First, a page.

A comparative study on plant growth and root plasticity responses of two Brachiaria forage grasses grown in nutrient solution at low and high phosphorus supply
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Permanent link to this item: http://hdl.handle.net/10568/43118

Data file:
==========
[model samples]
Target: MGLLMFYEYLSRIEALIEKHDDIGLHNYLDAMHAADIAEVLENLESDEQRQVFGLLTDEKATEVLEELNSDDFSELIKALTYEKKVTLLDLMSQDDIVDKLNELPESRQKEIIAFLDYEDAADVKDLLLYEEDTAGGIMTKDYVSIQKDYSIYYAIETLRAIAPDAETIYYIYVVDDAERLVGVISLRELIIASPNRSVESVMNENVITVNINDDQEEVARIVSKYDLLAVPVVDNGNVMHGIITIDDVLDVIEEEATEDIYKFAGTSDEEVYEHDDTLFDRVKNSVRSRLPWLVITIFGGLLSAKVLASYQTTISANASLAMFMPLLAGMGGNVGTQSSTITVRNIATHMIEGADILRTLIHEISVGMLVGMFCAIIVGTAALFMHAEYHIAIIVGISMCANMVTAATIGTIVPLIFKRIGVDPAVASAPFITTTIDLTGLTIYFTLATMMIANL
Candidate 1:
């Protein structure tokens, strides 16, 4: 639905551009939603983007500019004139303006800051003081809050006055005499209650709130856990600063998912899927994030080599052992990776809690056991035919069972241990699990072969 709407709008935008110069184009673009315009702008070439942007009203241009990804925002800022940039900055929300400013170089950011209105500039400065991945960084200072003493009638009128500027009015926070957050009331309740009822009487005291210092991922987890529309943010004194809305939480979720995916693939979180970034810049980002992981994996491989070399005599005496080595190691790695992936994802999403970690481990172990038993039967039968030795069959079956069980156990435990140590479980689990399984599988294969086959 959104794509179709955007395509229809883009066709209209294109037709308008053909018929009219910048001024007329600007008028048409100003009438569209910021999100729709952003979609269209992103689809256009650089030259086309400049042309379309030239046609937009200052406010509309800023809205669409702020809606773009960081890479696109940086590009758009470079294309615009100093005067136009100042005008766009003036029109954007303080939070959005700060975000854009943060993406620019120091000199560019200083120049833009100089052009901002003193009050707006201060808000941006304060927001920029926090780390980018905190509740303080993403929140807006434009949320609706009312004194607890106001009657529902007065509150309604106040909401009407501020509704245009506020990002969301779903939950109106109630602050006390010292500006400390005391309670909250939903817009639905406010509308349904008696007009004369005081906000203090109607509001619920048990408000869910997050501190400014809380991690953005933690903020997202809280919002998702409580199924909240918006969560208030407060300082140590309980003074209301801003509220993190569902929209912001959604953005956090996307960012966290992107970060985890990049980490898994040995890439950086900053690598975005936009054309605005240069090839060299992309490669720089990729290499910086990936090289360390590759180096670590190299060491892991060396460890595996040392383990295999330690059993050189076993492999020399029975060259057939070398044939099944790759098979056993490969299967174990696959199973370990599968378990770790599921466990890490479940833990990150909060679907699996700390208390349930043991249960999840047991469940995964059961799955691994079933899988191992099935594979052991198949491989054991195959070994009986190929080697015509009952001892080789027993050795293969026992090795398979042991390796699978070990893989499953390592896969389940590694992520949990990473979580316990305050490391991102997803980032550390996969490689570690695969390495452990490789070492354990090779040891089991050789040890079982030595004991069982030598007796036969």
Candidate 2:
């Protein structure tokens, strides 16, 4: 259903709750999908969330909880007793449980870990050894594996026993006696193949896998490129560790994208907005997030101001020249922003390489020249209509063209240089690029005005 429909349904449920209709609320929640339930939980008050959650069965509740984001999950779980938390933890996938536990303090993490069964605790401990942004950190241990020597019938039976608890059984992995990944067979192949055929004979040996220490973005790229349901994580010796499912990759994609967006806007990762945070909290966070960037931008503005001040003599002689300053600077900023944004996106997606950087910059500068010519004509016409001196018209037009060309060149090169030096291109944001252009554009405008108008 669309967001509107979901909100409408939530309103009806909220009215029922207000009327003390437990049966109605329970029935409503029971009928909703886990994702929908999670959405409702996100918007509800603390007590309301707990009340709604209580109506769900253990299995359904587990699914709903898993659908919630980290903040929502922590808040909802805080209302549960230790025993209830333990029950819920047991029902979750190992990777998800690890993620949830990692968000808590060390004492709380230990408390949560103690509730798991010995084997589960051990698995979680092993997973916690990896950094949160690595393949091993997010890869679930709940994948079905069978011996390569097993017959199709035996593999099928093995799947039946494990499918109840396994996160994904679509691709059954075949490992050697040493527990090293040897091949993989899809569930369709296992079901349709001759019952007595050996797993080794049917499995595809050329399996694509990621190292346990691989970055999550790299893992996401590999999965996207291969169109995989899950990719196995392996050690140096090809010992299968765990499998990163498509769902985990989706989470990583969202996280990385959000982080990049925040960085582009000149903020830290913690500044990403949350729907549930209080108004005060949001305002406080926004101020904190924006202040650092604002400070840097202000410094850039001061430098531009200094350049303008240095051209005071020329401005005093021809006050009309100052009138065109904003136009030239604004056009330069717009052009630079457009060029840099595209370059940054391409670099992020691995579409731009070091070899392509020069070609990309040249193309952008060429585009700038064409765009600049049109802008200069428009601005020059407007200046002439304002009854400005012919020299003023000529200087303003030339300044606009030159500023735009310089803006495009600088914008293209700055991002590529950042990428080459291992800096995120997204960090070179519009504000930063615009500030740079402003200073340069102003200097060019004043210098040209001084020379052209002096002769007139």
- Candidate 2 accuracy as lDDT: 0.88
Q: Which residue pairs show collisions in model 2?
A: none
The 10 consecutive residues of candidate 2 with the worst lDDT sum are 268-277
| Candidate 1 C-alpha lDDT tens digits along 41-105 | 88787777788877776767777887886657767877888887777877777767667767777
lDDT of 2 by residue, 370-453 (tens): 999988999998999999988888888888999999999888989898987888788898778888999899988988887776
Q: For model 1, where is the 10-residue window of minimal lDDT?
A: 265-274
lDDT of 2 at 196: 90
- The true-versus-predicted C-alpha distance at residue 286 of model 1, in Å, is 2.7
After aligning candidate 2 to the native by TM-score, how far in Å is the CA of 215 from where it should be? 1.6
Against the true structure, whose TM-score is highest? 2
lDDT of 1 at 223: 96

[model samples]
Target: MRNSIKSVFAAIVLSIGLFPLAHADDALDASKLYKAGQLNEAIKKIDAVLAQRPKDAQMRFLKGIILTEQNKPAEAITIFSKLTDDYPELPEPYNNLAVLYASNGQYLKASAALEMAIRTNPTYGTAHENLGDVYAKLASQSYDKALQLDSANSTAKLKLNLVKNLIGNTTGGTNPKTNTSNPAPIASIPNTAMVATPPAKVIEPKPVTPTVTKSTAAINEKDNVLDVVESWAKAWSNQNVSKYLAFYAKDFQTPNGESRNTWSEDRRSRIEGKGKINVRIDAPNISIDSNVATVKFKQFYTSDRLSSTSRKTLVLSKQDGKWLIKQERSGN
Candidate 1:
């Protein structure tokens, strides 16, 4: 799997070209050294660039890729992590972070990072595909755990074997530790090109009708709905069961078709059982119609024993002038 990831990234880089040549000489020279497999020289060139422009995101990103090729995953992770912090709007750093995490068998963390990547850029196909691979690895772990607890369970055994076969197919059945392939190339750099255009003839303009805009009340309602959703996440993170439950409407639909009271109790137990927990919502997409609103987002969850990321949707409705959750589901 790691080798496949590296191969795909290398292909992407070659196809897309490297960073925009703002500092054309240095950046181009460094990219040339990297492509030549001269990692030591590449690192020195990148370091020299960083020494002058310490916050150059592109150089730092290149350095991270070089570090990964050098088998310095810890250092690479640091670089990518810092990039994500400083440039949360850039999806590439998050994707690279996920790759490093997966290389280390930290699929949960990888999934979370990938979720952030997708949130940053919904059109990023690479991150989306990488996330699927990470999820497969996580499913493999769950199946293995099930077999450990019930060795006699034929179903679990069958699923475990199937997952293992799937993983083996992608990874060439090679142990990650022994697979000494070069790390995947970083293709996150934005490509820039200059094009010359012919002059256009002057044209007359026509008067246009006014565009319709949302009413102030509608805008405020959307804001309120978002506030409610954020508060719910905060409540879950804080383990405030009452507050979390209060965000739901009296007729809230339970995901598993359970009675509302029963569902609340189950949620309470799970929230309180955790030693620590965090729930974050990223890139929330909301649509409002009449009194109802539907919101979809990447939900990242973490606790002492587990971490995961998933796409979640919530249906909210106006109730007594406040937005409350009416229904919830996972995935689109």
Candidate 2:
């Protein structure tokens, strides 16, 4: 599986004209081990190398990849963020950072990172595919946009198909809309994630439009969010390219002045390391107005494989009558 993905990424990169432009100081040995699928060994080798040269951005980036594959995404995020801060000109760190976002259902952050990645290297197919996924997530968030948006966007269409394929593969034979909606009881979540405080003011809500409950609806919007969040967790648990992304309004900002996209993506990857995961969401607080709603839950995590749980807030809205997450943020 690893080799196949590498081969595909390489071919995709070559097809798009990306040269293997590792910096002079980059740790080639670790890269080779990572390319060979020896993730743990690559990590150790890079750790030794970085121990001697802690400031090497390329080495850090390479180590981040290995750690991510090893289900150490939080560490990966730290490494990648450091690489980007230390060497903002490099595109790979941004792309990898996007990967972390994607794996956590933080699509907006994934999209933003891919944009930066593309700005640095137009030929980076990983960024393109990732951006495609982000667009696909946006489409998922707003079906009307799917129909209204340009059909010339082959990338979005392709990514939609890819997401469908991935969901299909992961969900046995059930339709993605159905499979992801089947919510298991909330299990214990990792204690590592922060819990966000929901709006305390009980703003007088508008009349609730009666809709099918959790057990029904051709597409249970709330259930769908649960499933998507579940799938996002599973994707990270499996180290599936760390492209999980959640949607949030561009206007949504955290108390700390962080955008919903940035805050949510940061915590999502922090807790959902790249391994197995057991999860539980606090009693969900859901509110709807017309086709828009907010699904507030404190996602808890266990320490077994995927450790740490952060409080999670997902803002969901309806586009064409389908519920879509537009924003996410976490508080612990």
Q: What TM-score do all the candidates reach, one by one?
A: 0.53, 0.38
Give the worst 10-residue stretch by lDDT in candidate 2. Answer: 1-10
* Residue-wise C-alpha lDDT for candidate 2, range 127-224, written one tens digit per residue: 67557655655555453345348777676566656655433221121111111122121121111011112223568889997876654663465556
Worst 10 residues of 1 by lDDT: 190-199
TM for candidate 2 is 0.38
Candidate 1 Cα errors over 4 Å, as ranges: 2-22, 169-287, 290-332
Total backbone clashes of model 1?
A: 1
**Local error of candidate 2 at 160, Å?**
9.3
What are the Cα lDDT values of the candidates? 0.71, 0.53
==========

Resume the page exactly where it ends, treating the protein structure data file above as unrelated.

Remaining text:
Brachiaria forage grasses are widely used for livestock production in the tropics. Signalgrass (Brachiaria decumbens cv. Basilisk, CIAT 606) is better adapted to low phosphorus (P) soils than ruzigrass (B. ruziziensis cv. Kennedy, CIAT 654), but the physiological basis of differences in low-P adaptation is unknown. We characterized morphological and physiological responses of signalgrass and ruzigrass to low P supply by growing both grasses for 30 days in nutrient solution with two levels of P supply using the hydroxyapatite pouch system. Ruzigrass produced more biomass at both levels of P supply whilst signalgrass appears to be a slower-growing grass. Both grasses increased biomass allocation to roots and had higher root acid phosphatase and phytase activities at low P supply. At low P supply, ruzigrass showed greater morphological plasticity as its leaf mass density and lateral root fraction increased. For signalgrass, morphological traits that are not responsive to variation in P supply might confer long-term ecological advantages contributing to its superior field persistence: greater shoot tissue mass density (dry matter content) might lower nutrient requirements while maintenance of lateral root growth might be important for nutrient acquisition in patchy soils. Physiological plasticity in nutrient partitioning between root classes was also evident for signalgrass as main roots had higher nutrient concentrations at high P supply. Our results highlight the importance of analyzing morphological and physiological trait profiles and determining the role of phenotypic plasticity to characterize differences in low-P adaptation between Brachiaria genotypes.